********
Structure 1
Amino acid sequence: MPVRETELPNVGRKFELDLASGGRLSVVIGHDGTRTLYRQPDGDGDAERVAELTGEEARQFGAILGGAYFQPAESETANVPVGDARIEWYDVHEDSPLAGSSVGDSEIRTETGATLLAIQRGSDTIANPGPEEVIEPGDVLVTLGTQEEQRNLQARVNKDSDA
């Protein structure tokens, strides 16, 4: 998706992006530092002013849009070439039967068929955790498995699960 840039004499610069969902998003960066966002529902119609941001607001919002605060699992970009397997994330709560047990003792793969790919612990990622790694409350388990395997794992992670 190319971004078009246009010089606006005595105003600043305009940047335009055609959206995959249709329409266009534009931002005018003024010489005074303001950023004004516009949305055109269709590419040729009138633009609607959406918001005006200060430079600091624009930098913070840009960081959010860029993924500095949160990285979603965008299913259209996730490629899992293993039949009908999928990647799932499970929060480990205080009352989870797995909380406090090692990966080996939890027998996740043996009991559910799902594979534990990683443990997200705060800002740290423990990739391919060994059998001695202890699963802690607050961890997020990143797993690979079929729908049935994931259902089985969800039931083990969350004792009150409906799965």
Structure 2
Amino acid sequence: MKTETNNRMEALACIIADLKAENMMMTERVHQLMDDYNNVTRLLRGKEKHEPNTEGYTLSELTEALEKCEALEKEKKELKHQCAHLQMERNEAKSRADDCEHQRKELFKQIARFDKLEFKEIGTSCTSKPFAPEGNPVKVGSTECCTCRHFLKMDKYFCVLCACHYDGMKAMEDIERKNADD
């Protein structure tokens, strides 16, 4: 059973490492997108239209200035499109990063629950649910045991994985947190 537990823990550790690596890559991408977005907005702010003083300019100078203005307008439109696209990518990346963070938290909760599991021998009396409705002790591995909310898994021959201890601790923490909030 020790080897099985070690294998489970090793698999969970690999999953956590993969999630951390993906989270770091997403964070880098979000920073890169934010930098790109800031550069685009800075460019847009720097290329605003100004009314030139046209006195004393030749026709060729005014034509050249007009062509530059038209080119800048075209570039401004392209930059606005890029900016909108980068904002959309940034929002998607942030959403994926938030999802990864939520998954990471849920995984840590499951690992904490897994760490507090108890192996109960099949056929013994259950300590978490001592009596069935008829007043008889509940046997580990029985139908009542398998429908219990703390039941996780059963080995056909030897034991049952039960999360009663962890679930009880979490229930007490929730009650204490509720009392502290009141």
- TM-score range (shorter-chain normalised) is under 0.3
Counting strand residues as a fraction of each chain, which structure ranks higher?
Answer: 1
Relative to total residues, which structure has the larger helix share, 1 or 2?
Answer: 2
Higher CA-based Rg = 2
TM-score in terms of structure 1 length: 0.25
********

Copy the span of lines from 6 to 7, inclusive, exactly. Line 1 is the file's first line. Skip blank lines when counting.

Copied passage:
């Protein structure tokens, strides 16, 4: 059973490492997108239209200035499109990063629950649910045991994985947190 537990823990550790690596890559991408977005907005702010003083300019100078203005307008439109696209990518990346963070938290909760599991021998009396409705002790591995909310898994021959201890601790923490909030 020790080897099985070690294998489970090793698999969970690999999953956590993969999630951390993906989270770091997403964070880098979000920073890169934010930098790109800031550069685009800075460019847009720097290329605003100004009314030139046209006195004393030749026709060729005014034509050249007009062509530059038209080119800048075209570039401004392209930059606005890029900016909108980068904002959309940034929002998607942030959403994926938030999802990864939520998954990471849920995984840590499951690992904490897994760490507090108890192996109960099949056929013994259950300590978490001592009596069935008829007043008889509940046997580990029985139908009542398998429908219990703390039941996780059963080995056909030897034991049952039960999360009663962890679930009880979490229930007490929730009650204490509720009392502290009141």
- TM-score range (shorter-chain normalised) is under 0.3